Browsing by Subject "ARCHAEAL COMMUNITY"

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  • Myllykangas, Jukka-Pekka; Rissanen, Antti J.; Hietanen, Susanna; Jilbert, Tom (2020)
    Methane is produced microbially in vast quantities in sediments throughout the world's oceans. However, anaerobic oxidation of methane (AOM) provides a near-quantitative sink for the produced methane and is primarily responsible for preventing methane emissions from the oceans to the atmosphere. AOM is a complex microbial process that involves several different microbial groups and metabolic pathways. The role of different electron acceptors in AOM has been studied for decades, yet large uncertainties remain, especially in terms of understanding the processes in natural settings. This study reports whole-core incubation methane oxidation rates along an estuarine gradient ranging from near fresh water to brackish conditions, and investigates the potential role of different electron acceptors in AOM. Microbial community structure involved in different methane processes is also studied in the same estuarine system using high throughput sequencing tools. Methane oxidation in the sediments was active in three distinct depth layers throughout the studied transect, with total oxidation rates increasing seawards. We find extensive evidence of non-sulphate AOM throughout the transect. The highest absolute AOM rates were observed below the sulphate-methane transition zone (SMTZ), strongly implicating the role of alternative electron acceptors (most likely iron and manganese oxides). However, oxidation rates were ultimately limited by methane availability. ANME-2a/b were the most abundant microbial phyla associated with AOM throughout the study sites, followed by ANME-2d in much lower abundances. Similarly to oxidation rates, highest abundances of microbial groups commonly associated with AOM were found well below the SMTZ, further reinforcing the importance of non-sulphate AOM in this system.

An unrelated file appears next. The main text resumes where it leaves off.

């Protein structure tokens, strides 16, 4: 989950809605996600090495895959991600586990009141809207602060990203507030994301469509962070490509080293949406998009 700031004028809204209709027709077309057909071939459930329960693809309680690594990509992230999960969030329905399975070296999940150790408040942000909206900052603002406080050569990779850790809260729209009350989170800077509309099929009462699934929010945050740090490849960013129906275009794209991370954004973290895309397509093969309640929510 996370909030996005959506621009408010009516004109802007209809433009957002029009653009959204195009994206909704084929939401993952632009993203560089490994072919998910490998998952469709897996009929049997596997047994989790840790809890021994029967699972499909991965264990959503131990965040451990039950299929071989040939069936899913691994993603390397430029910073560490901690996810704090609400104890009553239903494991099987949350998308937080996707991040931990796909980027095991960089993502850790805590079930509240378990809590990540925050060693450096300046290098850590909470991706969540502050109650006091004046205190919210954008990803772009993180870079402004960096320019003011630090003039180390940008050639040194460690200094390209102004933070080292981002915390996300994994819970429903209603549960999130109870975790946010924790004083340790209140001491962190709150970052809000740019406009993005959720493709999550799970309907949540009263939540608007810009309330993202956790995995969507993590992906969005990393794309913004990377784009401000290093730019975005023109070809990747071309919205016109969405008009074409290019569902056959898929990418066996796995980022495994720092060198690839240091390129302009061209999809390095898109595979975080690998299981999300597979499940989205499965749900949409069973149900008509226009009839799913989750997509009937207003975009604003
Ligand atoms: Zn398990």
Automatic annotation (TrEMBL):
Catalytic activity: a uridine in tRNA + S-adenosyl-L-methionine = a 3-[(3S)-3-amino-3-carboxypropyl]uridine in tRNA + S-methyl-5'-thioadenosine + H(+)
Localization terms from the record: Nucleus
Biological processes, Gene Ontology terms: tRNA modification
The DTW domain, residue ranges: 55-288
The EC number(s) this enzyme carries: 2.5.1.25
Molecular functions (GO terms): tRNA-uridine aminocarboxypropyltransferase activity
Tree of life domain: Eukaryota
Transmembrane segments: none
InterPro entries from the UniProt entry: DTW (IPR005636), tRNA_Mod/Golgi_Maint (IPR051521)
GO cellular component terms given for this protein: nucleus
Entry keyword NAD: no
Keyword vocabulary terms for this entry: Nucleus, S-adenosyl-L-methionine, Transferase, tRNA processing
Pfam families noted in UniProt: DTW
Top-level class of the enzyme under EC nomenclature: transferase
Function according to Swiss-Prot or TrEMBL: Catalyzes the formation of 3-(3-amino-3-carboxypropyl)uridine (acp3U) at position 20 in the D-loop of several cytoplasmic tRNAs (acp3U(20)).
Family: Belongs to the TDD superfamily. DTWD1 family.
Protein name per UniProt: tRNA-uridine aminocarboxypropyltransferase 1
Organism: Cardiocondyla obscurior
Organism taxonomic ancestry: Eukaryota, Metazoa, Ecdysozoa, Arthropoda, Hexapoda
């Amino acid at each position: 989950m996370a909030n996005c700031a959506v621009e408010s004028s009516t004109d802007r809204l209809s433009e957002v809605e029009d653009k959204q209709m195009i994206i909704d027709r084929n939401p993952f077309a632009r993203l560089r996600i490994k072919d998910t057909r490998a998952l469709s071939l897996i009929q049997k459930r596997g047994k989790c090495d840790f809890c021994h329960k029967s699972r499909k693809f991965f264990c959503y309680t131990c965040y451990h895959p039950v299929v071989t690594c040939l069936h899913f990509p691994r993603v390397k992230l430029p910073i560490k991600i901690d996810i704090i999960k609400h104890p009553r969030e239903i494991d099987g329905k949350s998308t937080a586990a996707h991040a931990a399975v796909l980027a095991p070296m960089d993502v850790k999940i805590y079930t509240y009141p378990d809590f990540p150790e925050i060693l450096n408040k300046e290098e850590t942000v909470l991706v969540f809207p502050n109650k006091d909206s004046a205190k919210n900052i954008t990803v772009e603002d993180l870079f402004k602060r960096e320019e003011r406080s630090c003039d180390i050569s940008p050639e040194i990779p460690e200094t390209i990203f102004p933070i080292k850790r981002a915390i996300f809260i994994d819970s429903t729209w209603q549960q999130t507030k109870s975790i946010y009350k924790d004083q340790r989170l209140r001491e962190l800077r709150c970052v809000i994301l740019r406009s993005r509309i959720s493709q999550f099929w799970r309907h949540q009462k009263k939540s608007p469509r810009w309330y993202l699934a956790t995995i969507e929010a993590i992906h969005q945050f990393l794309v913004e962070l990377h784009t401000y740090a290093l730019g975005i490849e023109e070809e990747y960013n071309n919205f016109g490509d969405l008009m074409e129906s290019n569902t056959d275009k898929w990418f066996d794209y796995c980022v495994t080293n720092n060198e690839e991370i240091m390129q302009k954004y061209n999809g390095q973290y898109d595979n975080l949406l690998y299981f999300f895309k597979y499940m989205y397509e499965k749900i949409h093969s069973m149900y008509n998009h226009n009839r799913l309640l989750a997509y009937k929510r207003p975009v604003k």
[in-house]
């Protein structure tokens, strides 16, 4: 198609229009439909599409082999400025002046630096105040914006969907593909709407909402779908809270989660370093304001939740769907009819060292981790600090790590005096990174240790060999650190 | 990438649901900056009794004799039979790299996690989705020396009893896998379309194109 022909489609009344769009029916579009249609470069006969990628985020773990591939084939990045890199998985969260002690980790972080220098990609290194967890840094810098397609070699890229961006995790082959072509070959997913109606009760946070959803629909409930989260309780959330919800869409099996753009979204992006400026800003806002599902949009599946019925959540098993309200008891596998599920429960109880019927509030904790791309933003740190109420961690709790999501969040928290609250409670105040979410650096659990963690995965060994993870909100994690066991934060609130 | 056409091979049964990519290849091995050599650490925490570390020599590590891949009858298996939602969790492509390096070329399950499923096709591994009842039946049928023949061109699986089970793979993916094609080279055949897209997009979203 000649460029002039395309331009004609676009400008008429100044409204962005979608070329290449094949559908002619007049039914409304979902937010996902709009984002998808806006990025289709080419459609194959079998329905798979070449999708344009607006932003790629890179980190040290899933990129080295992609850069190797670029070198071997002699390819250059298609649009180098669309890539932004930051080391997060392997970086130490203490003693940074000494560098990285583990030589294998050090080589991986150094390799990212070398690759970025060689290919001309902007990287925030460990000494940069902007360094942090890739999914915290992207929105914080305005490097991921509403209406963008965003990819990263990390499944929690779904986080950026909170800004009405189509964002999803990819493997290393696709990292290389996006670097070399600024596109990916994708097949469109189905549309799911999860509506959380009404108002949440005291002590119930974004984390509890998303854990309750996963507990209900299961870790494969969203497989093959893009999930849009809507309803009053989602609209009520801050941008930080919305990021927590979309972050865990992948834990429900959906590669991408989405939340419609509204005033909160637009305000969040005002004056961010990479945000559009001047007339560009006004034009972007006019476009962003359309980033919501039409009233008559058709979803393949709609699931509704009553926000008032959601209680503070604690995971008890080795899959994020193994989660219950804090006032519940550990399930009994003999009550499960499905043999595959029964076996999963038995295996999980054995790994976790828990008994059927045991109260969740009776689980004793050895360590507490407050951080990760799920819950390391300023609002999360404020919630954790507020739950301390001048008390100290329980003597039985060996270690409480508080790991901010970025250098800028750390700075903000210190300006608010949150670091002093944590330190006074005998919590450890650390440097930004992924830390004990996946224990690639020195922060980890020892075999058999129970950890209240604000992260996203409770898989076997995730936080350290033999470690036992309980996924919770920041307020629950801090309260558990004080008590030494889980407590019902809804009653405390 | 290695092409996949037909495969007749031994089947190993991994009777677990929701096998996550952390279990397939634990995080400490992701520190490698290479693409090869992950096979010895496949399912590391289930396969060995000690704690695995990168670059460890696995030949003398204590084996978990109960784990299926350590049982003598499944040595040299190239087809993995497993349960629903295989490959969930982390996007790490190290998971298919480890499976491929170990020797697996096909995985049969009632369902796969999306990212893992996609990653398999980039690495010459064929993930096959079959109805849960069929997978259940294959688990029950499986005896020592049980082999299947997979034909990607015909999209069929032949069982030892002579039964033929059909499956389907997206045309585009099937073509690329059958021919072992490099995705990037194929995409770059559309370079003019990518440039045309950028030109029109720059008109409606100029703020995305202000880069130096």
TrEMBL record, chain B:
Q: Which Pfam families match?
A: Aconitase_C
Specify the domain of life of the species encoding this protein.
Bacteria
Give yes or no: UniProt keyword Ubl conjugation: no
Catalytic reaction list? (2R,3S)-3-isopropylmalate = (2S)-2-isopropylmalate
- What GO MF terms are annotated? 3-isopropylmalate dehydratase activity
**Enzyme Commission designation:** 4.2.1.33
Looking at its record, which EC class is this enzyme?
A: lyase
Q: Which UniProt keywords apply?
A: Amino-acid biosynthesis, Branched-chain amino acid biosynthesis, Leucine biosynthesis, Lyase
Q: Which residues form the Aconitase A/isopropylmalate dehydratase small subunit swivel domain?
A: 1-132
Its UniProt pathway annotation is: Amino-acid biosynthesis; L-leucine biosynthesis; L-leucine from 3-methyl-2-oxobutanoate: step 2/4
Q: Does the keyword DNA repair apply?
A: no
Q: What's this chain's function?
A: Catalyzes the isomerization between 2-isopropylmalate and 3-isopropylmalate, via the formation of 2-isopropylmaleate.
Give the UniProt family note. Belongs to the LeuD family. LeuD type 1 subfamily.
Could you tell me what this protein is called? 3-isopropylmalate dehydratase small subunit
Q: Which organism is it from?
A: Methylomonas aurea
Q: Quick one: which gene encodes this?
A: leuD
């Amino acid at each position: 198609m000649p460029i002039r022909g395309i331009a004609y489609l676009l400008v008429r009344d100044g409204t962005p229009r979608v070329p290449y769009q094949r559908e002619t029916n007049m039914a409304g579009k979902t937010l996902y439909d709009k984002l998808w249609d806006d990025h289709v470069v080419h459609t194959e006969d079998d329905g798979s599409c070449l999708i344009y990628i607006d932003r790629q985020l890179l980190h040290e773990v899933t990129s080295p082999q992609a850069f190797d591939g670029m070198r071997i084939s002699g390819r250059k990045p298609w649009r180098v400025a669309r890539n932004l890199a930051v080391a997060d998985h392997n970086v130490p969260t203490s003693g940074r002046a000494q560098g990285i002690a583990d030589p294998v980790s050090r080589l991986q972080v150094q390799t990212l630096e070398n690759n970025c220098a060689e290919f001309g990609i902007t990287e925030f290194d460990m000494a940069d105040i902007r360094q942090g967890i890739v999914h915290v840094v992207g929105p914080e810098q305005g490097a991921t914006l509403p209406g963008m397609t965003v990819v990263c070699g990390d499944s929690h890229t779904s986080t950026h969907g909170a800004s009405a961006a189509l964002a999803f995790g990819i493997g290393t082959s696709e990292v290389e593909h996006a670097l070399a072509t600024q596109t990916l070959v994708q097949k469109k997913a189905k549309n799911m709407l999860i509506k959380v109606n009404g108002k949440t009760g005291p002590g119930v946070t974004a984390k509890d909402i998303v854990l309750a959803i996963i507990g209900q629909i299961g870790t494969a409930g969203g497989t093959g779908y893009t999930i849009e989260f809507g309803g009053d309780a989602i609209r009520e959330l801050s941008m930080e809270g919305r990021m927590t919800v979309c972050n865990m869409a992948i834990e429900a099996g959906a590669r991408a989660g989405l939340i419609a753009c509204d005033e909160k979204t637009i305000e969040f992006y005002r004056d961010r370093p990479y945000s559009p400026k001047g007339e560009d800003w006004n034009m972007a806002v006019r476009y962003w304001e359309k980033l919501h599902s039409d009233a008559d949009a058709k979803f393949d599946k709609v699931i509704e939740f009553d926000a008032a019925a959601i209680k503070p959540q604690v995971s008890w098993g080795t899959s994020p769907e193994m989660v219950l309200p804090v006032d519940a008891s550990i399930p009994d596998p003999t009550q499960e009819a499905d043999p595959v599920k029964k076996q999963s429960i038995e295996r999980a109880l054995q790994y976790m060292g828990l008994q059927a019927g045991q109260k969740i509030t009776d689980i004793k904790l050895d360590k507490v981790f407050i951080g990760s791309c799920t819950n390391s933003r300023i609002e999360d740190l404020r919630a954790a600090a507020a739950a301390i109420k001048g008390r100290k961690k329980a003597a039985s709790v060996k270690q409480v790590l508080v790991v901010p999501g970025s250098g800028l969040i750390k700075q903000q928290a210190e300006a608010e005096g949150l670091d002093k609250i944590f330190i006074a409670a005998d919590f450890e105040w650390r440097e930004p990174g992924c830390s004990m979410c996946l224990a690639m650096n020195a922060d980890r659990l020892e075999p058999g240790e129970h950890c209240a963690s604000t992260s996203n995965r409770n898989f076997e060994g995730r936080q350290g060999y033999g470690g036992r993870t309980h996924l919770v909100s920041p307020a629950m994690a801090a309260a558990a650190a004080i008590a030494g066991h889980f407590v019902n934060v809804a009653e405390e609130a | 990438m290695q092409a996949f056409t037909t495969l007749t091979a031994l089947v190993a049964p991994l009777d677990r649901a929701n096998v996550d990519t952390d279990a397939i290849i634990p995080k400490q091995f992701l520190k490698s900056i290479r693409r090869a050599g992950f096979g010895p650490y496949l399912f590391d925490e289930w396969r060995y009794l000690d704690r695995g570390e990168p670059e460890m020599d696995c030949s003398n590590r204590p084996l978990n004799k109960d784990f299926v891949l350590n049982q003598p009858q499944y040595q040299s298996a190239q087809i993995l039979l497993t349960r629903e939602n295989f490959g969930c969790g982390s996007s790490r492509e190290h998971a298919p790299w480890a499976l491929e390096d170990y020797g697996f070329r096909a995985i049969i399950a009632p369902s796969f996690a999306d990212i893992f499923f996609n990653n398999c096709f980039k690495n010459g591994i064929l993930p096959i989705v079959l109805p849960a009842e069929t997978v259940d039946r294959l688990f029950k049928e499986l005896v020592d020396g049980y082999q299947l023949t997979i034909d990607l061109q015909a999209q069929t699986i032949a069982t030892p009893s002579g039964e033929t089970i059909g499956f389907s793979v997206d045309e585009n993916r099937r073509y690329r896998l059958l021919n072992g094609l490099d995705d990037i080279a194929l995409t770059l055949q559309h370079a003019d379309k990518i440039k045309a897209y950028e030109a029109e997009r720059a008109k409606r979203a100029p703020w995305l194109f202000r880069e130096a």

• Ritari, Jarmo; Koskinen, Kaisa; Hultman, Jenni; Kurola, Jukka M.; Kymäläinen, Maritta; Romantschuk, Martin; Paulin, Lars; Auvinen, Petri (2012)
  • Aho, Velma T. E.; Tolonen, Tiina; Haverinen, Jasmiina; Jaakkola, Mari; Paulin, Lars; Auvinen, Petri; Laine, M. Minna (2020)
    The microbes present in bioethanol production processes have been previously studied in laboratory-scale experiments, but there is a lack of information on full-scale industrial processes. In this study, the microbial communities of three industrial bioethanol production processes were characterized using several methods. The samples originated from second-generation bioethanol plants that produce fuel ethanol from biowaste, food industry side streams, or sawdust. Amplicon sequencing targeting bacteria, archaea, and fungi was used to explore the microbes present in biofuel production and anaerobic digestion of wastewater and sludge. Biofilm-forming lactic acid bacteria and wild yeasts were identified in fermentation samples of a full-scale plant that uses biowaste as feedstock. During the 20-month monitoring period, the anaerobic digester adapted to the bioethanol process waste with a shift in methanogen profile indicating acclimatization to high concentrations of ammonia. Amplicon sequencing does not specifically target living microbes. The same is true for indirect parameters, such as low pH, metabolites, or genes of lactic acid bacteria. Since rapid identification of living microbes would be indispensable for process management, a commercial method was tested that detects them by measuring the rRNA of selected microbial groups. Small-scale testing indicated that the method gives results comparable with plate counts and microscopic counting, especially for bacterial quantification. The applicability of the method was verified in an industrial bioethanol plant, inspecting the clean-in-place process quality and detecting viability during yeast separation. The results supported it as a fast and promising tool for monitoring microbes throughout industrial bioethanol processes.